A key pipeline that would allow overseas crude oil to be imported to China through Myanmar is expected to see further delays due to final import licenses being denied amidst last minute negotiating tensions. While the pipeline awaits the required final approvals, a tanker that is set to deliver crude has been left sitting in open water.
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Taking almost 10 years to develop, the US$1.5 billion 770 km (480 mile) oil pipeline was set for startup very soon. However, PetroChina and Myanmar’s government have not yet agreed a deal for the pipeline. Concurrently, PetroChina is yet to obtain permission from Myanmar’s Navy for oil tankers to enter the country’s ports.
While the project was said to be nearing imminent launch, due to the above-mentioned requirements, there is now no exact date for the pipeline’s startup. Once in operational, the pipeline, running between Kyaukphyu in Myanmar’s Rakhine State and China’s Yunnan Province, is expected to supply 260 000 bpd of oil to a refinery in China’s Yunnan Province. It will have an eventual capacity of 400 000 bpd, approximately 5% of China's daily import demand.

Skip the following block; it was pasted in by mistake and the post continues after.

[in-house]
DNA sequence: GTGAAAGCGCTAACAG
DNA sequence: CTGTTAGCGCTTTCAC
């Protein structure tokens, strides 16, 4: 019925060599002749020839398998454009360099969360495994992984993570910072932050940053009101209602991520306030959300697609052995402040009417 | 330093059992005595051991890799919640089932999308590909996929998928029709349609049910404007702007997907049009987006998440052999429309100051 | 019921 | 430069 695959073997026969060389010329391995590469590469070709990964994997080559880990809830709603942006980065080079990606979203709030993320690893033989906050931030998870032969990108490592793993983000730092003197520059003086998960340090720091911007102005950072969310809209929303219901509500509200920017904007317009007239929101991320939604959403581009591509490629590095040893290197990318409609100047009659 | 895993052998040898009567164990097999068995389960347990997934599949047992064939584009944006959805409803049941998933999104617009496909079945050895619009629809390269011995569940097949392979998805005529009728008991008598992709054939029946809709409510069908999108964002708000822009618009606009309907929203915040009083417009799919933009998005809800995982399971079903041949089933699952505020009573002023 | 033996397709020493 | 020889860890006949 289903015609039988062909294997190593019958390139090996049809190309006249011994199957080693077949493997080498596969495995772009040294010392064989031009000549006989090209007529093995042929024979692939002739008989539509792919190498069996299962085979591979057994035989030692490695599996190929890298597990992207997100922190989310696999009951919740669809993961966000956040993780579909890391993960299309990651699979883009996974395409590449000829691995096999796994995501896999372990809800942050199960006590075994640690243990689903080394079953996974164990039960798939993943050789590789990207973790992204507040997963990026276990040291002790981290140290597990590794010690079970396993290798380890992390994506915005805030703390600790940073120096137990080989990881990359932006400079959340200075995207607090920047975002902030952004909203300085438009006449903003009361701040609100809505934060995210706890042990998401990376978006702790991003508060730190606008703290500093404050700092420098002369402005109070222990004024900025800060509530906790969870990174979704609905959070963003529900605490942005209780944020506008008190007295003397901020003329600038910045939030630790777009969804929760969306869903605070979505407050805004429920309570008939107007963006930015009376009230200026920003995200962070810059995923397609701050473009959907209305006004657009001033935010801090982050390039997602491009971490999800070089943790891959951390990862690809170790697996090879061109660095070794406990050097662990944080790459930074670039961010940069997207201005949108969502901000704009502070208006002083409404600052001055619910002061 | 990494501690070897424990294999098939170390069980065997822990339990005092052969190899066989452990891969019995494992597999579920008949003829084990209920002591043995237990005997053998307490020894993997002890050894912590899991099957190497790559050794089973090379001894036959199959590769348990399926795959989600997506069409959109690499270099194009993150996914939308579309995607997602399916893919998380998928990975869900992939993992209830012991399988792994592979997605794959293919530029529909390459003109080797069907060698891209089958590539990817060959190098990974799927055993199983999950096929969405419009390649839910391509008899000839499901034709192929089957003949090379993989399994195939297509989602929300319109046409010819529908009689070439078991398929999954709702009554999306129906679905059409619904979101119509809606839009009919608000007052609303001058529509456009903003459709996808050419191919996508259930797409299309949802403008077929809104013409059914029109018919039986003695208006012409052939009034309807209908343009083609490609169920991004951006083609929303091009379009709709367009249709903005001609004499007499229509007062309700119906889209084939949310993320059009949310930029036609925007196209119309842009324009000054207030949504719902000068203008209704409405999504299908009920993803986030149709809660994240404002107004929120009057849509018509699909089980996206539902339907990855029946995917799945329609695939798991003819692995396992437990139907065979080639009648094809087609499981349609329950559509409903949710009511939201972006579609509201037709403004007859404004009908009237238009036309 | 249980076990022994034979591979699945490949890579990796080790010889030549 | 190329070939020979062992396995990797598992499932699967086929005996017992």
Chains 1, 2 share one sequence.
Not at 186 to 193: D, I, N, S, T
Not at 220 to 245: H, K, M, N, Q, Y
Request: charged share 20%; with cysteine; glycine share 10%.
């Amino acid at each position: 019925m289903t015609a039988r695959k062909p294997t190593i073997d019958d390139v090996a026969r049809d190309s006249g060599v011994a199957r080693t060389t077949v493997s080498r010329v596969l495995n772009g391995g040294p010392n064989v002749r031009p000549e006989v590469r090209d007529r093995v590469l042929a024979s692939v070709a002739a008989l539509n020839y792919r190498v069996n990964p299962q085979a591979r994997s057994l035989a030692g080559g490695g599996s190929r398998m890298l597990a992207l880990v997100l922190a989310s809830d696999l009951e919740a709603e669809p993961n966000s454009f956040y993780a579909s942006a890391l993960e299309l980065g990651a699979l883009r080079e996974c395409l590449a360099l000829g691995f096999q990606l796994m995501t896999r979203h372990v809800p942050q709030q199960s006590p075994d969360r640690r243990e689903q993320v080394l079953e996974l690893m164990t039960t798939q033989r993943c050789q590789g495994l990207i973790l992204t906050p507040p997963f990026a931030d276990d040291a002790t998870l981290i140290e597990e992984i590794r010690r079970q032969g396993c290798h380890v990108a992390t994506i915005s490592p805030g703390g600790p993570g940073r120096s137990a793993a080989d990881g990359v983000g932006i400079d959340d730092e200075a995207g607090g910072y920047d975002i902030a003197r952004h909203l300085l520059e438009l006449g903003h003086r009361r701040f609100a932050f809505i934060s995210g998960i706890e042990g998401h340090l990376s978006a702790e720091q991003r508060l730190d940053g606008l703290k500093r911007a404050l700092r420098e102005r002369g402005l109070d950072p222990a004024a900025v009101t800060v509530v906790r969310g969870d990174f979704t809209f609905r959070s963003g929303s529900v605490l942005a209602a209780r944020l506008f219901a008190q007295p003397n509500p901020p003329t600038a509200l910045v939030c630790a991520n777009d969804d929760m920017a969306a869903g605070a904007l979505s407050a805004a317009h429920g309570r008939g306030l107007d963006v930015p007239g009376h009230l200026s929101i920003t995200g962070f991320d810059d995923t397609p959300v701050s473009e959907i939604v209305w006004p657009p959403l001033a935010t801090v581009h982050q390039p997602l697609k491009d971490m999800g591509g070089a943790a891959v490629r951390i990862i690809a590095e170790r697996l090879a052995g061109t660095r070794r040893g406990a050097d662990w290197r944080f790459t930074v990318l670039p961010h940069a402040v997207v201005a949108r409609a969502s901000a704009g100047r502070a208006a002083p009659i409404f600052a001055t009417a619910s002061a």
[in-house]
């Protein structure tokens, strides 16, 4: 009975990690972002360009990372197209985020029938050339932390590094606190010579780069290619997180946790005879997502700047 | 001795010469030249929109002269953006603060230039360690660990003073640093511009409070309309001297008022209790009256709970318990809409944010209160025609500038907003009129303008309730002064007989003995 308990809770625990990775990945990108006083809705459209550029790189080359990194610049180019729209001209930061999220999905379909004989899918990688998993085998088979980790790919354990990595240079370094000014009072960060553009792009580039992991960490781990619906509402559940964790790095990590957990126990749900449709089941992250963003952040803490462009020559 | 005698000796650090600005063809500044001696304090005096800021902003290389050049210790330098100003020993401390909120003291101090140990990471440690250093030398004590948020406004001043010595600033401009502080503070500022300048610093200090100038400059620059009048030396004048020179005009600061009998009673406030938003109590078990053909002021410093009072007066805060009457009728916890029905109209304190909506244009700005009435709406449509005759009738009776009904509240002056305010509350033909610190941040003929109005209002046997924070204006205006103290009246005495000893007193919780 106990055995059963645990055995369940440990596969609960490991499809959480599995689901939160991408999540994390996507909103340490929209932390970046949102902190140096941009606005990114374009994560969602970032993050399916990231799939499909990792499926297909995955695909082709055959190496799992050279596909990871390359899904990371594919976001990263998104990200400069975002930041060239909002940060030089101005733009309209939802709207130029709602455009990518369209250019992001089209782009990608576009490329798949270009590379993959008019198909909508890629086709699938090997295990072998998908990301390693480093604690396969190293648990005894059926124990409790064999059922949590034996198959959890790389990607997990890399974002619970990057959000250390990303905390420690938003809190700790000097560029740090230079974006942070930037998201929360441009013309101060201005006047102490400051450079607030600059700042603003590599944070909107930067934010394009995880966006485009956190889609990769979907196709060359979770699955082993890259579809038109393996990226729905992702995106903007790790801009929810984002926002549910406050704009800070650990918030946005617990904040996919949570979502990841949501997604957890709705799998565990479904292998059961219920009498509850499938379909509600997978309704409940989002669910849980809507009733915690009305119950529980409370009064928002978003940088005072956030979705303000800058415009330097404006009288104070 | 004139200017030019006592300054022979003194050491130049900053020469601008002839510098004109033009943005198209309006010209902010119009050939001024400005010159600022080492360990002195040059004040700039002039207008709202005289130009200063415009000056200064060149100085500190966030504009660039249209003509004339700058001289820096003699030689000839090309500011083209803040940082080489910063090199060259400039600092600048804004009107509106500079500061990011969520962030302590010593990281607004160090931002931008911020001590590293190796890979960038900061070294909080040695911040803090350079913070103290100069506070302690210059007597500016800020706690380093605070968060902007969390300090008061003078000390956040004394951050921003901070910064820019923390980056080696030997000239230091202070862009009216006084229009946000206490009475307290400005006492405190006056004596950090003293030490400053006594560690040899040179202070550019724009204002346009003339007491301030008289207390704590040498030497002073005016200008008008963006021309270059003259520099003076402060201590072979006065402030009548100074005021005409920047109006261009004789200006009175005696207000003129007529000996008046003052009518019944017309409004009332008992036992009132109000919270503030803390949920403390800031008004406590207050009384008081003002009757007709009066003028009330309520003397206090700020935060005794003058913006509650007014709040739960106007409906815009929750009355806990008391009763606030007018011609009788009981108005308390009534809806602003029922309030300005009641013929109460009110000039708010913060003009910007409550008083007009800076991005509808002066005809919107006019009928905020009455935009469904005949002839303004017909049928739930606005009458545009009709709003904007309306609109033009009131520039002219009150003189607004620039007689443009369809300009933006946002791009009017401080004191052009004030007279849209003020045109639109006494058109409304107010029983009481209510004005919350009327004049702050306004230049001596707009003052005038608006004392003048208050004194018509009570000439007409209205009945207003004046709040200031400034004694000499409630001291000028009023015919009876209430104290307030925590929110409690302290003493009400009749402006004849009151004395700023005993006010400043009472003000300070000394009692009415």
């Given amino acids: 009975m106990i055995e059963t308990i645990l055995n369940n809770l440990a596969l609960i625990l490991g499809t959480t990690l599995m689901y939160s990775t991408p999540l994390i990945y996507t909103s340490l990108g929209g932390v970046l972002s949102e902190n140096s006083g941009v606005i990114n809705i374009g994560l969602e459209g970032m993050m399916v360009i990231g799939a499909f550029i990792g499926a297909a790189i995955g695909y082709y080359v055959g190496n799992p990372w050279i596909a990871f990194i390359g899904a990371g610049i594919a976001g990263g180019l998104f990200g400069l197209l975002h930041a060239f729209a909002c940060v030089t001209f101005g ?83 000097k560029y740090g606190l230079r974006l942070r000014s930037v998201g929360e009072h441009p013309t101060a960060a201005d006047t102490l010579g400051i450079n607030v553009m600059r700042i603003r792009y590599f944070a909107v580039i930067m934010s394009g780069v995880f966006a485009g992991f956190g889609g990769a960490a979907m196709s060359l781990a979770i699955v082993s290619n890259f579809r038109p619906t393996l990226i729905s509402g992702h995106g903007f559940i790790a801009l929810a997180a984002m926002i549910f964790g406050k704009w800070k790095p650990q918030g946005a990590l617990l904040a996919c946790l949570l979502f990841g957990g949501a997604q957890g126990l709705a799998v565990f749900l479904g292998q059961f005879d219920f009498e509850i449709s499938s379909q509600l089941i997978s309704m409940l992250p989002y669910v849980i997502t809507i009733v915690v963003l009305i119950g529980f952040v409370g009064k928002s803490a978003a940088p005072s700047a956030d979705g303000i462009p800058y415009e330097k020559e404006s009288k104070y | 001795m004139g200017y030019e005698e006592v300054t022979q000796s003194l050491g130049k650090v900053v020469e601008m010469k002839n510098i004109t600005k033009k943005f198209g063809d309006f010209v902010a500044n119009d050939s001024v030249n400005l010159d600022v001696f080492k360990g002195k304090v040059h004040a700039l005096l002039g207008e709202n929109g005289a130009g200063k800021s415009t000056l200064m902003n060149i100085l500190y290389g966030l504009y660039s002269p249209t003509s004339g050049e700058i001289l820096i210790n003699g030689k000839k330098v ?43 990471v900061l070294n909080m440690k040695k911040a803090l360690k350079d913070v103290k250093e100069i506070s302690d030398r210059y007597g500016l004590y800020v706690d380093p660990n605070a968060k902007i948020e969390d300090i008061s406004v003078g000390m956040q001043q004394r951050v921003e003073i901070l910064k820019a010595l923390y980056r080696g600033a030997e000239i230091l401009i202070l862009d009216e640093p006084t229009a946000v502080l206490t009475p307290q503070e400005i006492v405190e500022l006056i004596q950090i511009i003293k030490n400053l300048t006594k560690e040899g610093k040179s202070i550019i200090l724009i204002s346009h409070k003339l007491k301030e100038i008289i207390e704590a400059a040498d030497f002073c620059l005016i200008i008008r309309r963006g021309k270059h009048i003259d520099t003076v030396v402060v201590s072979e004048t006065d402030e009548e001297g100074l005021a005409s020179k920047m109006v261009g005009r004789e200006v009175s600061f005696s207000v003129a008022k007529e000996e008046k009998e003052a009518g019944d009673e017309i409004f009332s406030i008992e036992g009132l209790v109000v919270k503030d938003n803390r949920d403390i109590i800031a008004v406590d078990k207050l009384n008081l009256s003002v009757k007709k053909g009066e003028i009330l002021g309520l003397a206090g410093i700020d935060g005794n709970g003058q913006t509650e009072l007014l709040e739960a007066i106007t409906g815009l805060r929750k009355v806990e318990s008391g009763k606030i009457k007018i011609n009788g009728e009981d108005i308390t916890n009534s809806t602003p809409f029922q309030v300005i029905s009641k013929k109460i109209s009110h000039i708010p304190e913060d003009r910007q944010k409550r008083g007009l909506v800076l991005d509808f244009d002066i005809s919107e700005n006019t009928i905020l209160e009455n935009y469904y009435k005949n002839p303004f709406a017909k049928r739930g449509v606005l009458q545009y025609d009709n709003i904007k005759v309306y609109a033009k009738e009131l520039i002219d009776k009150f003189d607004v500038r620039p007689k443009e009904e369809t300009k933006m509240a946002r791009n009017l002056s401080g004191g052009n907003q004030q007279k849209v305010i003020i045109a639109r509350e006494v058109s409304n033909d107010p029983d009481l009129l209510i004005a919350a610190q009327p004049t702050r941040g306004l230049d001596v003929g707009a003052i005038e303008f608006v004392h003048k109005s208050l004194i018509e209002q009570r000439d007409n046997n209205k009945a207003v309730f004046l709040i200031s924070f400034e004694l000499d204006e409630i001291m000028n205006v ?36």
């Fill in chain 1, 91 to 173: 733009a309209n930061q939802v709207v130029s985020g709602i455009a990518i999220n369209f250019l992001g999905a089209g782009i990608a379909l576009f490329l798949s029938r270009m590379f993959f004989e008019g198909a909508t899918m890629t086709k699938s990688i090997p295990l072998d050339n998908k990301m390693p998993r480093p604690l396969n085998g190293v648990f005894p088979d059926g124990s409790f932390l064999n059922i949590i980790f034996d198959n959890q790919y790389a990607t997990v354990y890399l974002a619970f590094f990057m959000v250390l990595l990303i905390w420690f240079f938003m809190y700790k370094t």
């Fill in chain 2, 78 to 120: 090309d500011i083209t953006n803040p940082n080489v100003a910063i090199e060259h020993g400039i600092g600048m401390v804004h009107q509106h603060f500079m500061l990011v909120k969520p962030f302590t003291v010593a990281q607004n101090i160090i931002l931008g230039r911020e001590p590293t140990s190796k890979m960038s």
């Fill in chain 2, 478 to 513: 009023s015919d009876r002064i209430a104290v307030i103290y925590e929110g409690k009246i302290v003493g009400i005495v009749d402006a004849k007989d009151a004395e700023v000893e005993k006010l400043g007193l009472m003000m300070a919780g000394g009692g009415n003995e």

A Myanmar government source is reported to have told Reuters that PetroChina was “trying to push to get the permission from the navy to enter Myanmar water.”
The Myanmar-China pipeline is of great importance to China as it would allow landlocked southern Chinese provinces that neighbour Myanmar to have an alternative supply route to imports from the Middle East and Europe, which cross crowded shipping routes.
Read the article online at: https://www.worldpipelines.com/project-news/27032017/further-delays-for-myanmar-china-pipeline/